A November 2008 Defense Department study of trends in national and international security was intended “to spark discussions … about the nature of the future security environment.” But the study (pdf), called the Joint Operating Environment 2008 (JOE 2008), has also triggered several unintended international reactions.
Last December, South Korean officials complained that JOE 2008 included North Korea in a list of nuclear weapons states. The U.S. Joint Forces Command felt obliged to issue a news release disavowing that statement in the report.
“The statement regarding North Korea does not reflect official U.S. government policy regarding the status of North Korea. The U.S. government has long said that we will never accept North Korea as a nuclear power,” the Joint Forces Command declared.
Then it turned out that Mexico was unhappy with the JOE’s discussion of that country’s potential vulnerability to criminal gangs and drug cartels, including the statement that “an unstable Mexico could represent a homeland security problem of immense proportions to the United States.”
“The Mexican ambassador has asked to see me and we hope to link up very soon,” said Gen. James Mattis of Joint Forces Command on February 12. Mexico’s concerns about JOE 2008 were reported in “Mattis Plans Meeting with Mexican Ambassador over Controversy” by Fawzia Sheikh in Inside the Pentagon, February 19, 2009.
Perhaps as a result of such unwanted attention, JOE 2008 has been quietly removed from some Defense Department web sites like this one, which says the document is “currently unavailable.”
Hopefully, the Defense Department will not conclude that it must neuter its public statements or that it should move its security policy studies behind closed doors in order to avoid criticism or hurt feelings. Instead, DoD and its counterparts abroad might come to appreciate that questionable, challenging and even erroneous statements can be openly discussed without doing any real harm to anyone.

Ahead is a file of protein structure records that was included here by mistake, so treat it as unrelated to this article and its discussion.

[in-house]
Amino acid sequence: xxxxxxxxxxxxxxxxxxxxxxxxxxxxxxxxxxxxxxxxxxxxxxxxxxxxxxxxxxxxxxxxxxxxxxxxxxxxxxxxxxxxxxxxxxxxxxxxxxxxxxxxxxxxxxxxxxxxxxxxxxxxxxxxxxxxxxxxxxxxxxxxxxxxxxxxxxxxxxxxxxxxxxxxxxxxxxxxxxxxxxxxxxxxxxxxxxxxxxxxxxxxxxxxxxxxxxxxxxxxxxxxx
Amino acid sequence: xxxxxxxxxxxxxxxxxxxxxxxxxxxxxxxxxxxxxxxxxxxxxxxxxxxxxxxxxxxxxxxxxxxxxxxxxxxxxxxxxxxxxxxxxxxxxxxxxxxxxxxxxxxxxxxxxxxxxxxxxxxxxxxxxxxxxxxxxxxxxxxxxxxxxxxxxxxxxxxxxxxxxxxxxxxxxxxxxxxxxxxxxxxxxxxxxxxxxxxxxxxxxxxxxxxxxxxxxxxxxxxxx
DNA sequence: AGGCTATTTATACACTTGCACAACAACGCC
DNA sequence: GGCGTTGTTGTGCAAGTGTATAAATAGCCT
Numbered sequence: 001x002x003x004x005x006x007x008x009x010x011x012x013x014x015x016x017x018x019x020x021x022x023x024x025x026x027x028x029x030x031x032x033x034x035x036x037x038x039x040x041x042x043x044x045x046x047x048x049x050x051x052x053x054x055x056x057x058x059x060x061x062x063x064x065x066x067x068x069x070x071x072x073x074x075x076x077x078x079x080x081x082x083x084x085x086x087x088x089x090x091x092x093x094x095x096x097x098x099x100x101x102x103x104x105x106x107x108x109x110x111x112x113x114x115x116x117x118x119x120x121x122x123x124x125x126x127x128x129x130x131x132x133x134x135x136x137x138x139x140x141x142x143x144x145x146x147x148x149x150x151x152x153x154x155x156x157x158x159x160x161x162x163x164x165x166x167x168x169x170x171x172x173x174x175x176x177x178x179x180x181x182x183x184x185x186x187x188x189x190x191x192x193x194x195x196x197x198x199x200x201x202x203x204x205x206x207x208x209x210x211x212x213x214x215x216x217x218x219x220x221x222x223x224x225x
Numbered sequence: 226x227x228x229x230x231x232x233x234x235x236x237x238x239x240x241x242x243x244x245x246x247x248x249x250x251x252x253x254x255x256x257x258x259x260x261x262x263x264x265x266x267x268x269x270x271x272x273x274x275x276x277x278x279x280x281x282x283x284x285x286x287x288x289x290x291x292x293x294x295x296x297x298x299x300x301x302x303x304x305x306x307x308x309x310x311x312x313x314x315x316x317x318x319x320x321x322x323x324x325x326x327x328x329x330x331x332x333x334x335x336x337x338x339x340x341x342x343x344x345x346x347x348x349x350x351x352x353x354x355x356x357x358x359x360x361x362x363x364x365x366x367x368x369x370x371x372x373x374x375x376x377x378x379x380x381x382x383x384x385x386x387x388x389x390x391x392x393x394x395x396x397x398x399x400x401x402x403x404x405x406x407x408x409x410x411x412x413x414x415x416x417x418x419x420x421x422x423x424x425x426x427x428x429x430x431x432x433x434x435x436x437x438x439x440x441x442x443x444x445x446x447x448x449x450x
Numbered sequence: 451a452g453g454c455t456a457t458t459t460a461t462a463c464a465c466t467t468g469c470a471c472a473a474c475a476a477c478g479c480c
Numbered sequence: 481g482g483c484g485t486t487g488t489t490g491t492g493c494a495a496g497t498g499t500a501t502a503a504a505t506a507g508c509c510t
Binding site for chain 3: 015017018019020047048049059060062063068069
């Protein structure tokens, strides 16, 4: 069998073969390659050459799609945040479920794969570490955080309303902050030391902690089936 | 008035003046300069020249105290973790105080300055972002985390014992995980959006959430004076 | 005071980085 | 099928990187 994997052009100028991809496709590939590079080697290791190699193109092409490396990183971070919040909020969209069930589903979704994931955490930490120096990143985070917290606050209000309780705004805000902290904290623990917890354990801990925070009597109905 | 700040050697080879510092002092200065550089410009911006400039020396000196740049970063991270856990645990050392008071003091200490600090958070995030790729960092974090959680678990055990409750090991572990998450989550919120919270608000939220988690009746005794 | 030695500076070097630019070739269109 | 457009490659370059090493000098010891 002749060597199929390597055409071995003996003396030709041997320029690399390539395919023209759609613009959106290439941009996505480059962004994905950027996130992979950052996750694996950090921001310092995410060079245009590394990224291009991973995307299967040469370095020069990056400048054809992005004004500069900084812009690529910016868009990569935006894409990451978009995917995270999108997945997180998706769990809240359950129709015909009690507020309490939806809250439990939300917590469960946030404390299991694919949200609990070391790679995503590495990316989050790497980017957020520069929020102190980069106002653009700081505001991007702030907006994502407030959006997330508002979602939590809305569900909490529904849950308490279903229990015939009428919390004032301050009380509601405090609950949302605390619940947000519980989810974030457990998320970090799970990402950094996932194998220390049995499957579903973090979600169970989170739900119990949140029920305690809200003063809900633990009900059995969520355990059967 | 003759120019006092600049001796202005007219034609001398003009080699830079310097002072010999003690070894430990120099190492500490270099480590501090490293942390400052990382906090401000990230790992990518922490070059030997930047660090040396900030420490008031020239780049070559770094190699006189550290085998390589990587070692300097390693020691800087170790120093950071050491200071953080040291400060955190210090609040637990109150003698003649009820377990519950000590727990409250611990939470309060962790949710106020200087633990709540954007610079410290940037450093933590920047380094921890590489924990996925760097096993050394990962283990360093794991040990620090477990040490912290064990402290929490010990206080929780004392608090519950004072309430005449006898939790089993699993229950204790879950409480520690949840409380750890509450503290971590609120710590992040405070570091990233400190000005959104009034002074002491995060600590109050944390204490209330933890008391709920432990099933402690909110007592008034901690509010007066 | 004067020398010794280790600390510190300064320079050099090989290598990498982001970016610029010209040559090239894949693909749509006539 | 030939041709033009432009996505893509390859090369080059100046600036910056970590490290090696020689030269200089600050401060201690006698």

Update: JOE 2008 also drew the attention of Israeli observers. See U.S. Army document describes Israel as ‘a nuclear power’ by Amir Oren, Haaretz, March 8, 2009:
In a rare breach of official American adherence to Israel’s policy of nuclear ambiguity, the U.S. military is terming Israel “a nuclear power” on a par with Russia, China, India, Pakistan and North Korea, all of which have declared their nuclear weapon status, and ahead of “nuclear threshold powers” Japan, South Korea and Taiwan, and the “emerging” Iran.
The reference to Israel as a nuclear power is contained in a document published late last year by the U.S. Joint Forces Command (JFCOM), the Norfolk, Virginia-based headquarters in charge of preparing American forces for their military missions worldwide, including in Iraq and Afghanistan…
Israel’s nuclear program is rarely, if ever, explicitly mentioned in public, unclassified U.S. official documents….
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